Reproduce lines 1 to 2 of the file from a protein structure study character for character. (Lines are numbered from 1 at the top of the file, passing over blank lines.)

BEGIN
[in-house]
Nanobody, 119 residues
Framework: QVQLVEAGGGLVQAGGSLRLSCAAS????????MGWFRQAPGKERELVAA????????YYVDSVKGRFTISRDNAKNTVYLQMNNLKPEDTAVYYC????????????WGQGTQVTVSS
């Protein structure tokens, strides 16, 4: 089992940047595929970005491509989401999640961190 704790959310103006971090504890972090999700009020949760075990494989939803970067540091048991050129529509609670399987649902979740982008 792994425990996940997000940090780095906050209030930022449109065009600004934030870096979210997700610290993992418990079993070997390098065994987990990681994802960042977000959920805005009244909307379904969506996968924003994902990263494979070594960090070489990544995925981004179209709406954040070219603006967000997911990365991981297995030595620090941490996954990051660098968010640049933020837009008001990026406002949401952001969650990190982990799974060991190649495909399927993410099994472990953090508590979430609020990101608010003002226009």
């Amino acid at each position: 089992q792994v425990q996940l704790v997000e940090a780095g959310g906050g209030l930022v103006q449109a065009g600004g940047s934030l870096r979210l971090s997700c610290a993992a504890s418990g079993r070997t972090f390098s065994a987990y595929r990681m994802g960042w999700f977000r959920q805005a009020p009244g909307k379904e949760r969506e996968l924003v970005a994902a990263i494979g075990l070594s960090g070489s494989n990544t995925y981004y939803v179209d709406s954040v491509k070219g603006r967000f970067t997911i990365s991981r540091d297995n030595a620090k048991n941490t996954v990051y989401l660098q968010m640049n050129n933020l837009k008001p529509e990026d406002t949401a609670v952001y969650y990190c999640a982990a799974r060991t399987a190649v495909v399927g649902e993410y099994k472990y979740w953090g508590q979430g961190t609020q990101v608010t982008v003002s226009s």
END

[in-house]
Nanobody, 119 residues